It is February, and Cupid has prepared a quiver full of arrows for the most romantic holiday of the year. Nobody knows how many of his arrows will reach their targets, but one will surely hit the heart of the retail industry. Carved on the wood of the arrow will be, curtly, “m-commerce.” The relationship between the two is promising — everybody loves mobile, especially the customers, who increasingly prefer shopping with their smartphones via apps for retail. According to TPoll, the number of consumers in UK who said they will purchase a gift on Lover’s Day with their smartphone was at 26% in 2015. In the following year, 48% of searches on this day on Bing were made via mobile devices. Valentine’s Day becomes a mobile holiday, a trend that a lot of world-class brands started embracing a few years ago with their creative usage of m-commerce apps, including Walmart’s spot-on messaging and Uber’s flower delivery.
Best Valentine’s Day technology for retail apps
When it comes to the retail industry’s shift from e-commerce to m-commerce technology, the future is promisingly sunlit. The industry will have an opportunity to leverage and experiment with a lot of advancements to amaze the customers in new ways with their retail apps. Some of these technologies are big, complex, and brand new. Still, a simpler solution that is tried-and-true is often the most effective option. With retail apps it is push notifications, which can be paired with spot-on messaging and beacons for maximum effect. Here, companies could follow the example of Walmart — they make the most of this m-commerce technology and put their customers in the mood for the day while reaching out to them with the right offers. In 2017 and beyond, companies should consider leveraging the notifications and adjacent tech more frequently. A lot of customers live on a busy schedule, and can be notified of buying presents at the right time and place.
Apps for retail with AR are here
When Pokemon Go was released it left people all over the world baffled: it was an experience both old and new, a rare kind of digital entertainment that demanded going out into the streets of your town and discovering it anew. Retailers were more practical and promptly started leveraging the sensational technology to their advantage, attracting customers to physical stores. Now, the retail industry will be first to adopt AR on a large scale. We mentioned the mind-bending sales experience of BMW that was announced in 2016, but Starbucks tried the technology in its retailer app as far back as 2012, albeit in a simpler way. As for the future, GAP has already showed its deeply elaborate AR shopping experience, which will leave naysayers as amazed as customers — some of them will save time, and some will no longer worry that an item order outside their country won’t fit. AR is bound to become the most meaningful m-commerce technology for retail.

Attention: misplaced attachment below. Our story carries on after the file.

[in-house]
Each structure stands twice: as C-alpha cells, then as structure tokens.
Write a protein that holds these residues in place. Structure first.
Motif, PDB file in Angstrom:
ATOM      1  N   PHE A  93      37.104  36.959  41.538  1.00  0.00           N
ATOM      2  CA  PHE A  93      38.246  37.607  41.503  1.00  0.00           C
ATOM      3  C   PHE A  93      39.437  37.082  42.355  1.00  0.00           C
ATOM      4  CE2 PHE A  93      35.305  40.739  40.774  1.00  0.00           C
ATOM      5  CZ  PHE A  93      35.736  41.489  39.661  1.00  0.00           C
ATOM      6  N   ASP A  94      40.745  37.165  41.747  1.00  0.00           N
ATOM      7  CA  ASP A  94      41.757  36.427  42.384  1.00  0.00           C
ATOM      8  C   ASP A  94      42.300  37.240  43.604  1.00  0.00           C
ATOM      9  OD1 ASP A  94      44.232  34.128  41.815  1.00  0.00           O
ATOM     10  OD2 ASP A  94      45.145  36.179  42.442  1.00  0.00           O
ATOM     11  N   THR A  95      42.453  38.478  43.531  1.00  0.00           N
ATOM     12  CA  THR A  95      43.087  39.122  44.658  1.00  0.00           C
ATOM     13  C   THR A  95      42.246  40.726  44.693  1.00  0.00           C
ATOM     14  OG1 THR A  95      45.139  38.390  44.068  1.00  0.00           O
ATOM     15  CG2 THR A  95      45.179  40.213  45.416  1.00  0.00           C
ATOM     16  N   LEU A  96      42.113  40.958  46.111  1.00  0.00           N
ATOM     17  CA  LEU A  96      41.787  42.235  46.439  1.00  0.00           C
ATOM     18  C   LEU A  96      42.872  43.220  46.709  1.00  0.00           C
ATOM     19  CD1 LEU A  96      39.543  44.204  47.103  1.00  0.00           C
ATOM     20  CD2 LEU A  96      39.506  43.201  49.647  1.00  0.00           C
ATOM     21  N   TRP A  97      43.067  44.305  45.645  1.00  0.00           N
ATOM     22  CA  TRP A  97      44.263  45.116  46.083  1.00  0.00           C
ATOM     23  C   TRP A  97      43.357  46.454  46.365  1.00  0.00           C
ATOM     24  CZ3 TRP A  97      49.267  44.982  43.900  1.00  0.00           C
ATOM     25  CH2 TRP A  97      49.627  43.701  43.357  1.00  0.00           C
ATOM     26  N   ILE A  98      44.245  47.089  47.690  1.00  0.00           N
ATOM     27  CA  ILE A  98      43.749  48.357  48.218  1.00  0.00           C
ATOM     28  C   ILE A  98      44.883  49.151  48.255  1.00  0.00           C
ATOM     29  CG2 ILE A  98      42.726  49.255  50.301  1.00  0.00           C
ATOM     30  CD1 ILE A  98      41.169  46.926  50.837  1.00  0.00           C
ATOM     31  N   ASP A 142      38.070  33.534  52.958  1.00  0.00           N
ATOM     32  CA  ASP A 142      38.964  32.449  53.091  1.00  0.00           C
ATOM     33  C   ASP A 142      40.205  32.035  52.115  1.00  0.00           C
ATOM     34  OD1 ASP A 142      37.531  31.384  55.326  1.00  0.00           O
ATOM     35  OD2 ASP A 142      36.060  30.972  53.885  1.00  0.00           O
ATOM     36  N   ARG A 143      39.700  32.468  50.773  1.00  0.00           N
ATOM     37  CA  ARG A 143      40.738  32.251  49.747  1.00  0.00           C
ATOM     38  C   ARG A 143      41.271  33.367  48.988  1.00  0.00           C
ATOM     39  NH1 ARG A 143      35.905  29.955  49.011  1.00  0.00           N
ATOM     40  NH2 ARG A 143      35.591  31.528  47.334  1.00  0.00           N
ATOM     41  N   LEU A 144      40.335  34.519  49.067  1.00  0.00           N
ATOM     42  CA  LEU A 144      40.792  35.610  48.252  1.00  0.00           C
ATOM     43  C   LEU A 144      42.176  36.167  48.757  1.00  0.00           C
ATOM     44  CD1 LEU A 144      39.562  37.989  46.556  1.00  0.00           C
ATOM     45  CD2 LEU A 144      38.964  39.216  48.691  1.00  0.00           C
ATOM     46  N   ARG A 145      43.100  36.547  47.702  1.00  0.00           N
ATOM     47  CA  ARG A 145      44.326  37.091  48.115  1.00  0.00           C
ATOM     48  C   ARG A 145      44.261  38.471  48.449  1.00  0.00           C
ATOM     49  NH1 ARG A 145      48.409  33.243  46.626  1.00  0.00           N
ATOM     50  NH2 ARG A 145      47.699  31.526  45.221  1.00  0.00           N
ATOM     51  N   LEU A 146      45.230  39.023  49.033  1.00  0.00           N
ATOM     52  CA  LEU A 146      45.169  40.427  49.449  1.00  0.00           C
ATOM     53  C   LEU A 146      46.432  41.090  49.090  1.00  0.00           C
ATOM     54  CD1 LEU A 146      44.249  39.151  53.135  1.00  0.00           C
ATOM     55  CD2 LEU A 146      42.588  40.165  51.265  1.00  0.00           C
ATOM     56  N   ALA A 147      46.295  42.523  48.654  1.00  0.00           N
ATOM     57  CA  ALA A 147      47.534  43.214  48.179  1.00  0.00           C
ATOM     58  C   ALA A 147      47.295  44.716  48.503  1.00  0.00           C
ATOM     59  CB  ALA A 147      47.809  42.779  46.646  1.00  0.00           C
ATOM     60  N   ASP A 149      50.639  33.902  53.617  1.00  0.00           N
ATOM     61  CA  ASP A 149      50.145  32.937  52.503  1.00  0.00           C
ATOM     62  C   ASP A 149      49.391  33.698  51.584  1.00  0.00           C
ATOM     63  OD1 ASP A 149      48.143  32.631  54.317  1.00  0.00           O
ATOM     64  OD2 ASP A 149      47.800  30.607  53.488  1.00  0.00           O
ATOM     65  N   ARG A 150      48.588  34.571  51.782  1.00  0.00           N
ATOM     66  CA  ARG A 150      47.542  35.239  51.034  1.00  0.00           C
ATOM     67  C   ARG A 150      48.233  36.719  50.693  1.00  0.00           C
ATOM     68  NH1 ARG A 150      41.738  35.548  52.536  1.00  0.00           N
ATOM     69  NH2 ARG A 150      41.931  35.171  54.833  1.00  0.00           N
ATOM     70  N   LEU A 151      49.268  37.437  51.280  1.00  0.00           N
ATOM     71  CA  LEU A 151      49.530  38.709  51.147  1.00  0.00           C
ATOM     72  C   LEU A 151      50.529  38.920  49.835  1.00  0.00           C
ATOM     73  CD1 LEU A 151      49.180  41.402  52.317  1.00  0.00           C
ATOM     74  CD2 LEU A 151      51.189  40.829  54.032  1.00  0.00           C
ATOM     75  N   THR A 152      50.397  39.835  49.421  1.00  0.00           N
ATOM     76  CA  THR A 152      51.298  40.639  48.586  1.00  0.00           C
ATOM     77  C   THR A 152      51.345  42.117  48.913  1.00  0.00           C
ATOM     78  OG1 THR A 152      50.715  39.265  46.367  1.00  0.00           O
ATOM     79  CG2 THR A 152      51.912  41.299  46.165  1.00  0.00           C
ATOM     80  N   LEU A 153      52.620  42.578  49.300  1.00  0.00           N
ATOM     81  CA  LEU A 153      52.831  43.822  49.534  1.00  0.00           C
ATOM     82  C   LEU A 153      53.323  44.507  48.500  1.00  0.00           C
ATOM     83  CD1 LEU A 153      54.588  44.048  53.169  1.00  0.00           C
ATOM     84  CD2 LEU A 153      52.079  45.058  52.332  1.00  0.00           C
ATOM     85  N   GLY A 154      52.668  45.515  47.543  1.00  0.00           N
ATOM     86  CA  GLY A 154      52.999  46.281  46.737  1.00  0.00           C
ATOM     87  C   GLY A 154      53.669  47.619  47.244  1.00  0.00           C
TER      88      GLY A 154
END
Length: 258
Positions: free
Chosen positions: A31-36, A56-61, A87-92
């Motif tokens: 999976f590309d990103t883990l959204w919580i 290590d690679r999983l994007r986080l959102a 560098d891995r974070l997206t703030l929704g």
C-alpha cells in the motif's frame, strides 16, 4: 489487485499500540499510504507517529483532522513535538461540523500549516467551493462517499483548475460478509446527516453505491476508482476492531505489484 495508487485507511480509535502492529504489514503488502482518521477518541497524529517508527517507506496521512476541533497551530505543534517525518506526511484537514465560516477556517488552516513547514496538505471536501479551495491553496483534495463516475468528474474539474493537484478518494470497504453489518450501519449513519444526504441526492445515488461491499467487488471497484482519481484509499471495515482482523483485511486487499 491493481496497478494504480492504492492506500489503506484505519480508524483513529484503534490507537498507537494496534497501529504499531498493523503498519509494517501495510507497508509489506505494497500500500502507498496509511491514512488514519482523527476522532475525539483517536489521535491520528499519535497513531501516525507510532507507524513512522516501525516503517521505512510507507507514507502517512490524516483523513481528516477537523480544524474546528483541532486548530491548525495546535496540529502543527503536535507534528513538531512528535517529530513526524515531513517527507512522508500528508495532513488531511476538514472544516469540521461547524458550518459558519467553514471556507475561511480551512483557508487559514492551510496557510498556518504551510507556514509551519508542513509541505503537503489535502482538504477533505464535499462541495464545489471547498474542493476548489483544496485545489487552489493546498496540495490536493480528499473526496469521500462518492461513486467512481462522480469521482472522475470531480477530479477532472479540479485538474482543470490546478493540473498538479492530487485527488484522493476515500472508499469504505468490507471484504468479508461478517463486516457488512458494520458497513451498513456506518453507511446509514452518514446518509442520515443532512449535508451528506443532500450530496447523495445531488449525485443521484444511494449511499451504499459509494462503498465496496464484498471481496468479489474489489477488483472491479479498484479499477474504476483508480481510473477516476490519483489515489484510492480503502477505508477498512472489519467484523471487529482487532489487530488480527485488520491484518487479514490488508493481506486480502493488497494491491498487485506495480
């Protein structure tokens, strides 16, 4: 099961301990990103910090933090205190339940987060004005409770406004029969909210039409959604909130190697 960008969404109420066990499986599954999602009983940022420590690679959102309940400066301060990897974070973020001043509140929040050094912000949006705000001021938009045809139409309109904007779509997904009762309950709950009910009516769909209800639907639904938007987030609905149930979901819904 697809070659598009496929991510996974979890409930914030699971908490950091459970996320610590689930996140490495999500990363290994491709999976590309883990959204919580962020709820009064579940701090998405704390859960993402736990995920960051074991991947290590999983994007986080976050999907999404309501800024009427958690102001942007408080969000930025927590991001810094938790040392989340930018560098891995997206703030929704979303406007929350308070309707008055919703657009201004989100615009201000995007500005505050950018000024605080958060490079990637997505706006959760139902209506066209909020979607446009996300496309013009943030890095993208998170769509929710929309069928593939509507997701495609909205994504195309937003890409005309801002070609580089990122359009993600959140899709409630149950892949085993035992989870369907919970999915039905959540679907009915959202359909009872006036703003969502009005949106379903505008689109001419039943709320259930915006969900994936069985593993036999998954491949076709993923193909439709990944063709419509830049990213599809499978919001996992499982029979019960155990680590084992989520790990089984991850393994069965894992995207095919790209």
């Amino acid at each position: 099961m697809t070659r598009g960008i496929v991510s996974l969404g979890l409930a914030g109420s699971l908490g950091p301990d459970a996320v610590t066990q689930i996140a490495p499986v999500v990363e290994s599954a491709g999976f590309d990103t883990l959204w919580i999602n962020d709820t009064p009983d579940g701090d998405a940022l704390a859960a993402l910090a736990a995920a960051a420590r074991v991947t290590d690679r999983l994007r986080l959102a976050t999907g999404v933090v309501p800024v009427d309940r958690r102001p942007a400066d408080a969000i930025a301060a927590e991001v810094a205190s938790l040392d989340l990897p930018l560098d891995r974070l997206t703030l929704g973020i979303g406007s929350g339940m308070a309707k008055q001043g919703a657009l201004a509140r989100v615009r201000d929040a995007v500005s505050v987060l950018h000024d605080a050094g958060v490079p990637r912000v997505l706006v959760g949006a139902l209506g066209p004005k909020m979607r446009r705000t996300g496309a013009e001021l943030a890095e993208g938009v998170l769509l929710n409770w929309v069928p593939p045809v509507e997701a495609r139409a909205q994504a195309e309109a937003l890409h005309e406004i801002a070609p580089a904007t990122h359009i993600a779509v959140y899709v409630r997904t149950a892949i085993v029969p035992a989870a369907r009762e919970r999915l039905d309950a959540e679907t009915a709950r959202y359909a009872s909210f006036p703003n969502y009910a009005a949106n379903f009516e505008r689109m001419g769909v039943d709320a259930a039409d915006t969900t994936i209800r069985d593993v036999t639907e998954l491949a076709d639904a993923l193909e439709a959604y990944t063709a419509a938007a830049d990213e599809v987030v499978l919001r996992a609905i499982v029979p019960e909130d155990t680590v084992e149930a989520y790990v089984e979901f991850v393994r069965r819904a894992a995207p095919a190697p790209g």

Most inventive usage of retail apps on Valentine’s Day
Since the most romantic holiday of the year is about universal concepts of love and relationships, companies offer incredibly creative ways for the customers to surprise their loved ones. In 2013, Uber transformed its ride-hailing service to a flower-delivery service. Until the biggest social media become somewhat overused, Orange encouraged pairs to tweet their love stories in 2011, and in 2012 one beverage company used the paired power of Facebook’s and its own m-commerce app to help shy users reach out to their love interest with a custom serenade.